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LNG Regasification Facilities Are Need of the Hour in Europe and Asia to Receive Increases in LNG Imports

 

Lewes, DE -- (SBWIRE) -- 10/06/2014 -- Natural gas has become the world’s energy of choice, with demand growing at more than twice the demand for oil. Natural gas is more environmentally friendly than oil and is replacing fuel oil in power generation and industrial uses.

The abundance of low cost natural gas in the US and Canada and the recent natural gas discoveries in Mozambique will impact the pricing structure of Liquefied Natural Gas (LNG) contracts and trade flows. The fracking of gas deposits in the US has resulted in a surplus natural gas position and changed the industry’s focus to exporting natural gas via the construction of LNG liquefaction facilities in the US Gulf Coast as well as in the east and west coast areas. The landscape for exporting western Canadian natural gas is also changing. There are 14 LNG terminals proposed for the coast of British Columbia, seven of which have been granted export permits by the government. More than US$30 billion will be invested initially in Mozambique’s natural gas sector to build the liquefaction capacity to produce 20 million metric tons per year (mmty) (974.0 billion cubic feet (bcf)) of LNG, with the first exports due to start in 2018 and 2019. Around 180 trillion cubic feet (tcf) of gas has been found in Mozambique’s offshore Rovuma Basin, enough to supply Germany, Britain, France and Italy for 18 years.

LNG regasification facilities will be required in Europe and Asia to receive increases in LNG imports. The Ukraine-Russia situation has resulted in the EU suspending the approval of the South Stream Pipeline that will bring incremental volumes of natural gas into Europe and bypass Ukraine. A number of EU countries rely on Russian natural gas supplies and are thus reviewing options to lower their dependence. An option is building regasification facilities that will take LNG volumes from secure supply sources from the US and Africa.

Natural gas demand will increase in Asia. Without local resources to meet demand growth, increased imports are forecast to occur in China, Japan, India and South Korea. New LNG production from Australia is primarily destined to Asia, but utilities in the aforementioned countries are also contracting LNG supplies from US facilities.

The result of new liquefaction and re-gasification facilities is a change in worldwide supply patterns (including the need for more LNG tonnage) and LNG pricing. Supplies from the US and Canada could be tied to the Henry Hub natural gas price, and the introduction of more LNG supplies in the marketplace could result in more spot-market LNG sales.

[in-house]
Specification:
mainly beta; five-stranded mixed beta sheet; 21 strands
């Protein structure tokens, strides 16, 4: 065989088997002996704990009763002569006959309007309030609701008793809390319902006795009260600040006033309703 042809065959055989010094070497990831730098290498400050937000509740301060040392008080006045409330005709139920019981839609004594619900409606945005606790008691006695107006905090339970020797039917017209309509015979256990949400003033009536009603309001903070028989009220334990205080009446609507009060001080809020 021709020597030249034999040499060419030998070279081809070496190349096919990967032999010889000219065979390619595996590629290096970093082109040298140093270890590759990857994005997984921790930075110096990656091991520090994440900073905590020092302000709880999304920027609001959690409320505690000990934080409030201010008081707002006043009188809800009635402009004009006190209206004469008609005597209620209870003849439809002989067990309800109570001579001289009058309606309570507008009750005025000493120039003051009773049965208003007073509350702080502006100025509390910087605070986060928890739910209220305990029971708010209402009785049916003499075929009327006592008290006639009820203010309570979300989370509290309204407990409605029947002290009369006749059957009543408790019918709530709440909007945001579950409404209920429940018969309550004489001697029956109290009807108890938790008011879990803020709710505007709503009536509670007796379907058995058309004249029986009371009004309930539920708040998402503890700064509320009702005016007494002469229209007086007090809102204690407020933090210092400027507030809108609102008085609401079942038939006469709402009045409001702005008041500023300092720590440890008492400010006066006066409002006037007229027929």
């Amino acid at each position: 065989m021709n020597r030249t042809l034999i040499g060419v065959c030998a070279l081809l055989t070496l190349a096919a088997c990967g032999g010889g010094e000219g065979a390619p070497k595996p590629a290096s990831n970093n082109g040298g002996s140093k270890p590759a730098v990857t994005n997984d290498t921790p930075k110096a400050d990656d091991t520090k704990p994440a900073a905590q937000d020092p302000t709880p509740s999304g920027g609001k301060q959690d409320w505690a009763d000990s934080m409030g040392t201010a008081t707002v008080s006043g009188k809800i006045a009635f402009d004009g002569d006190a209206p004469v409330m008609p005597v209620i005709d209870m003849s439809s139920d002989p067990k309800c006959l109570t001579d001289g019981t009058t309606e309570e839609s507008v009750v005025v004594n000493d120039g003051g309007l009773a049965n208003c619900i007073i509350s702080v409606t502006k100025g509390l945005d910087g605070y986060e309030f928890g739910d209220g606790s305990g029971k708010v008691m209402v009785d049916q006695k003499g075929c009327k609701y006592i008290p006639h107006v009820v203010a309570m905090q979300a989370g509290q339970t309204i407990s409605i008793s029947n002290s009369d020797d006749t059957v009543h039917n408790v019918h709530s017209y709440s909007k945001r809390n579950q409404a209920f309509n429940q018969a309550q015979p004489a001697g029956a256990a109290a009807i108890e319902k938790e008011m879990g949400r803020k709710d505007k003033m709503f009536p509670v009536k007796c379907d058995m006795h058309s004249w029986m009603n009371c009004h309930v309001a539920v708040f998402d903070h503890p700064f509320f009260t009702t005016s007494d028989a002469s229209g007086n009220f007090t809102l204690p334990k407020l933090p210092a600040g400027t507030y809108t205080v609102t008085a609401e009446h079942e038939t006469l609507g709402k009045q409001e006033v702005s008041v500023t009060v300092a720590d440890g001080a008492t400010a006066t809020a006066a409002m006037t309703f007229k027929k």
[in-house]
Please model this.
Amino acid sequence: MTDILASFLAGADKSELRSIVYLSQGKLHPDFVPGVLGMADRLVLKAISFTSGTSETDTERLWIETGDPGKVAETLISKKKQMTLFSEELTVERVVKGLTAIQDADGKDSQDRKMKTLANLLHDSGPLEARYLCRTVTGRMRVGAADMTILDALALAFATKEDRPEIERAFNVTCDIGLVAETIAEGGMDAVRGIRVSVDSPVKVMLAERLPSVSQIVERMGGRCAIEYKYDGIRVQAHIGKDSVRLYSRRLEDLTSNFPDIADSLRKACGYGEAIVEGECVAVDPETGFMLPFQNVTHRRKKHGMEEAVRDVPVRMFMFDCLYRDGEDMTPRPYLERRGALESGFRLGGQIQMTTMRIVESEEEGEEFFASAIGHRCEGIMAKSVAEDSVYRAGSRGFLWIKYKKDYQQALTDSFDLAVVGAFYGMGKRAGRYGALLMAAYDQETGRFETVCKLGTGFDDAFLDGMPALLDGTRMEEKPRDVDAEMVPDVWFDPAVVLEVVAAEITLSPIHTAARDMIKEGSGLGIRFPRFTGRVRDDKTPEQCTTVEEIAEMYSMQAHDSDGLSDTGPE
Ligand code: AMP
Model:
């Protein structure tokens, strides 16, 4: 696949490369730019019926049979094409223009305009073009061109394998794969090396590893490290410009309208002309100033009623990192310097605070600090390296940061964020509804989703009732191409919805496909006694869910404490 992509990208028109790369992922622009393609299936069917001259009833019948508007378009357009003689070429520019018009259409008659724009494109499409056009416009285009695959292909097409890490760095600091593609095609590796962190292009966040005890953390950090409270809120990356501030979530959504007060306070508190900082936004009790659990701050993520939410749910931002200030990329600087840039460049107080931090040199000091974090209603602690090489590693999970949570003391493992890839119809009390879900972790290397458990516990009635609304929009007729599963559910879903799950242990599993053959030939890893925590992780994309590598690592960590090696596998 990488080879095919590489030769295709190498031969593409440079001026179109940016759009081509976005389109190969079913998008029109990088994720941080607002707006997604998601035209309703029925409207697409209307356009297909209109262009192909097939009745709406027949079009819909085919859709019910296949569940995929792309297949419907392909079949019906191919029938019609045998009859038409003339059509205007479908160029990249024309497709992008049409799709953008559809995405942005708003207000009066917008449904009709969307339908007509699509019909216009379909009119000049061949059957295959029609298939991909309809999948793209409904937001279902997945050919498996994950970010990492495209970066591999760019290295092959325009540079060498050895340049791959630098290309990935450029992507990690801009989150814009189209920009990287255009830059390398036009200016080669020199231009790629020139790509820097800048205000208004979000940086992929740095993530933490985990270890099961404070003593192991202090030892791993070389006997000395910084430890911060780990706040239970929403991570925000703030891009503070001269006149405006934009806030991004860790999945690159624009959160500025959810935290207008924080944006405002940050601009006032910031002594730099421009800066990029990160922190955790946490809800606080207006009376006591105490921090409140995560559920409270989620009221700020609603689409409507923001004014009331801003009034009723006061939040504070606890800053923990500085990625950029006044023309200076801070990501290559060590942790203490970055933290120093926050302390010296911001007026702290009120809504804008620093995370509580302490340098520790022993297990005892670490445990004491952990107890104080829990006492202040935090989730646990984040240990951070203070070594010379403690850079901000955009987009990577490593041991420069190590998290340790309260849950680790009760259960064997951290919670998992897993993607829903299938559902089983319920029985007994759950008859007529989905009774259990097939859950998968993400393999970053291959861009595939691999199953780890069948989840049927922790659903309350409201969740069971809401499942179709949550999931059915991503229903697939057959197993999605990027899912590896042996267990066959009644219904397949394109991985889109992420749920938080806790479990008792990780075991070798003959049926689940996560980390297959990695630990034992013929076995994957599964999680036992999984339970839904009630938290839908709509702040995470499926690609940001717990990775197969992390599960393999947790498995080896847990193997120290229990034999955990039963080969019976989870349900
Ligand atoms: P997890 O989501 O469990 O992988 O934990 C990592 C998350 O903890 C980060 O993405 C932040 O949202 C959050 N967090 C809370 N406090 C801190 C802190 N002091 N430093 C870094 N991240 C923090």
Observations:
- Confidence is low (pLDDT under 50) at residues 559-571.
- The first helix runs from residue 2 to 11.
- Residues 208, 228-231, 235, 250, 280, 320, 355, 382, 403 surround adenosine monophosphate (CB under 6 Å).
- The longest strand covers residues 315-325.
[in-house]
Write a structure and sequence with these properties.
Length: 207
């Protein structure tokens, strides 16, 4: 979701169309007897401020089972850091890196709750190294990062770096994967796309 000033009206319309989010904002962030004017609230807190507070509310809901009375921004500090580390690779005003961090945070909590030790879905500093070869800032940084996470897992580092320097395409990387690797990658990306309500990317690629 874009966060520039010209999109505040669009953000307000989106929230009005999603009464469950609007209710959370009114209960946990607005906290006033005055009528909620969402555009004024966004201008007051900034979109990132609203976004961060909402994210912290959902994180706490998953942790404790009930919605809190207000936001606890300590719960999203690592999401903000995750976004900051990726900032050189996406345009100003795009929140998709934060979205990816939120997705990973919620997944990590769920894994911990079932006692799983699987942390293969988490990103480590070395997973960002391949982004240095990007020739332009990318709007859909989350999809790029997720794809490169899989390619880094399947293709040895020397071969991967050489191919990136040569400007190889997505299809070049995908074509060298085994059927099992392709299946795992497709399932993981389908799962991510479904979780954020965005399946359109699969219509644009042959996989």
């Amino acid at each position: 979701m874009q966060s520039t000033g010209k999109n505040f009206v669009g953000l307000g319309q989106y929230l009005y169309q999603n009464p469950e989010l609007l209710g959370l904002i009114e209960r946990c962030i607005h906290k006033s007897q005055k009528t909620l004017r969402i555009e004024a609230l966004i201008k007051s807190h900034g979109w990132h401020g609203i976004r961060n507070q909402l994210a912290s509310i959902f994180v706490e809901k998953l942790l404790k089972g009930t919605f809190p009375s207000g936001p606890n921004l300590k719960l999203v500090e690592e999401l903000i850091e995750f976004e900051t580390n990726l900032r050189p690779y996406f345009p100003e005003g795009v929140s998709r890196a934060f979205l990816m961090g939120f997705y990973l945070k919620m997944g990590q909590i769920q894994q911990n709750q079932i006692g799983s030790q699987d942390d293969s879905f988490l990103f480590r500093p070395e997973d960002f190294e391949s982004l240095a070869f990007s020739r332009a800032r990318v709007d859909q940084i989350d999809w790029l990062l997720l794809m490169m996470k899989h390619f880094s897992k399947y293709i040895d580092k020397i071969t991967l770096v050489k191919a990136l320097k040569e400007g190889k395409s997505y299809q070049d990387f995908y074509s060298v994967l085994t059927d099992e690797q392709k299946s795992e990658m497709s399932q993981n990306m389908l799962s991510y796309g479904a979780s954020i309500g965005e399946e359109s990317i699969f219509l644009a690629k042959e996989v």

The global LNG liquefaction industry is expected to see major restructuring from 2013 to 2020. The Europe, Middle East and Africa (EMEA) region, which includes Russia, has been the epicenter for LNG liquefaction, accounting for nearly 60% of global LNG liquefaction capacity. By 2020, its dominance will to a large extent reduce, as its share in global LNG liquefaction capacity reduces to 39.4%. The Americas region will increase its share in global liquefaction capacity from 6.4% in 2013 to 36% in 2020. The share of Asia-Pacific (APAC) will also reduce from around 33% in 2013 to around 24.5% in 2020.

The high growth in the liquefaction capacity of the Americas compared with the other two regions is due to the expected start of several liquefaction terminals in the US and Canada during the 2014-2020 period. The US, a traditional LNG importer, is expected to build around 191.9 mmty (9,344.5 bcf) in liquefaction capacity by 2020. The liquefaction capacity of Canada is also expected to increase in similar terms to touch 89.8 mmty (4,373.4 bcf) by 2020.

In terms of LNG regasification capacity, APAC is the leading region in the world due to the presence of major LNG importing countries, including Japan, South Korea, and China. The region accounts for over half of the current active LNG regasification capacity globally and will continue to be the highest regasification capacity holder by 2020 due to planned regasification capacity additions by India and China. Besides APAC, EMEA is another region which will see significant regasification capacity additions during this period, primarily due to planned regasification capacity development in several Central and Eastern European (CEE) countries. Ukraine, Poland, Estonia, Lithuania, and Croatia all plan to build LNG regasification capacities. On the other hand, the share of the Americas in the global regasification capacity will decrease from 25.2% in 2013 to 20.3% in 2020, primarily due to dwindling capacity additions in the US and Canada, which will become export oriented. Brazil, Chile, Puerto Rico, Uruguay, and Dominican Republic will witness some additions in regasification capacities.

The start of LNG exports from the US in 2016 will influence the global LNG trade and pricing; for the nature of US contracts is inherently different from conventional LNG contracts. In the US, LNG contract prices are based on Henry Hub prices. In these contracts, LNG prices are independent of crude oil prices, in contrast to the traditional long-term, oil-indexed LNG supply contracts. If this style of contract becomes more common, the flow of LNG cargos will be directed to the market with higher spot prices. Higher supply will, in turn, reduce prices, thus reducing the spot price differentials across different markets globally.

Read more about this report: http://www.marketresearchreports.com/globaldata/h1-global-lng-liquefaction-and-regasification-capacity-outlook-new-export-and-import

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